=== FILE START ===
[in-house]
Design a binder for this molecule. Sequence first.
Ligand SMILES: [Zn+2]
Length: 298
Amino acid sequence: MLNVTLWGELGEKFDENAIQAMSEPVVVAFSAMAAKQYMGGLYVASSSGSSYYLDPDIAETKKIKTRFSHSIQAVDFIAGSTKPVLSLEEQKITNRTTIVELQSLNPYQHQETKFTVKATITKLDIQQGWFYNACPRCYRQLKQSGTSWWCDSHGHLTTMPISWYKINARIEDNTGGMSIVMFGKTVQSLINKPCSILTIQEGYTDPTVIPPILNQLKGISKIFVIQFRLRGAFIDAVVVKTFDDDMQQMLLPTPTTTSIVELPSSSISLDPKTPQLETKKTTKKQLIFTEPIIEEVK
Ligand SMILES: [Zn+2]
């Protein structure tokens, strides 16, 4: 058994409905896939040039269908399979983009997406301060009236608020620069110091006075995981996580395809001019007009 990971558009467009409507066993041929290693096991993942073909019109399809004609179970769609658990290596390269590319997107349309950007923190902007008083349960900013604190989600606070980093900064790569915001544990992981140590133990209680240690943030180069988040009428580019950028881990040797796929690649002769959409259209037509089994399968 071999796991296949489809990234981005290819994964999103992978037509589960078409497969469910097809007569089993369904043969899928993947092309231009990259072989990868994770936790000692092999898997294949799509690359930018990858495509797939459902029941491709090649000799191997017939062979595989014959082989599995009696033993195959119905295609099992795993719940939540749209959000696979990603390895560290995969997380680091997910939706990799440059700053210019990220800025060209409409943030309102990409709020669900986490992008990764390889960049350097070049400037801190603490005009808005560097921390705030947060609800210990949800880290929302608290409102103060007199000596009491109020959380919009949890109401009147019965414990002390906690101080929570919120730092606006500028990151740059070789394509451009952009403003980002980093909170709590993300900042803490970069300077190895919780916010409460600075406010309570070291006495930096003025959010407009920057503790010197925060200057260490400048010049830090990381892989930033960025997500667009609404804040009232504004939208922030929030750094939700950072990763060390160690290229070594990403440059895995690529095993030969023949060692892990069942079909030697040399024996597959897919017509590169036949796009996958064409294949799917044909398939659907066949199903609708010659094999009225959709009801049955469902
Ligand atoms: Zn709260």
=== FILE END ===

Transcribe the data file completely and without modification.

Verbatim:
[in-house]
Design a binder for this molecule. Sequence first.
Ligand SMILES: [Zn+2]
Length: 298
Amino acid sequence: MLNVTLWGELGEKFDENAIQAMSEPVVVAFSAMAAKQYMGGLYVASSSGSSYYLDPDIAETKKIKTRFSHSIQAVDFIAGSTKPVLSLEEQKITNRTTIVELQSLNPYQHQETKFTVKATITKLDIQQGWFYNACPRCYRQLKQSGTSWWCDSHGHLTTMPISWYKINARIEDNTGGMSIVMFGKTVQSLINKPCSILTIQEGYTDPTVIPPILNQLKGISKIFVIQFRLRGAFIDAVVVKTFDDDMQQMLLPTPTTTSIVELPSSSISLDPKTPQLETKKTTKKQLIFTEPIIEEVK
Ligand SMILES: [Zn+2]
């Protein structure tokens, strides 16, 4: 058994409905896939040039269908399979983009997406301060009236608020620069110091006075995981996580395809001019007009 990971558009467009409507066993041929290693096991993942073909019109399809004609179970769609658990290596390269590319997107349309950007923190902007008083349960900013604190989600606070980093900064790569915001544990992981140590133990209680240690943030180069988040009428580019950028881990040797796929690649002769959409259209037509089994399968 071999796991296949489809990234981005290819994964999103992978037509589960078409497969469910097809007569089993369904043969899928993947092309231009990259072989990868994770936790000692092999898997294949799509690359930018990858495509797939459902029941491709090649000799191997017939062979595989014959082989599995009696033993195959119905295609099992795993719940939540749209959000696979990603390895560290995969997380680091997910939706990799440059700053210019990220800025060209409409943030309102990409709020669900986490992008990764390889960049350097070049400037801190603490005009808005560097921390705030947060609800210990949800880290929302608290409102103060007199000596009491109020959380919009949890109401009147019965414990002390906690101080929570919120730092606006500028990151740059070789394509451009952009403003980002980093909170709590993300900042803490970069300077190895919780916010409460600075406010309570070291006495930096003025959010407009920057503790010197925060200057260490400048010049830090990381892989930033960025997500667009609404804040009232504004939208922030929030750094939700950072990763060390160690290229070594990403440059895995690529095993030969023949060692892990069942079909030697040399024996597959897919017509590169036949796009996958064409294949799917044909398939659907066949199903609708010659094999009225959709009801049955469902
Ligand atoms: Zn709260």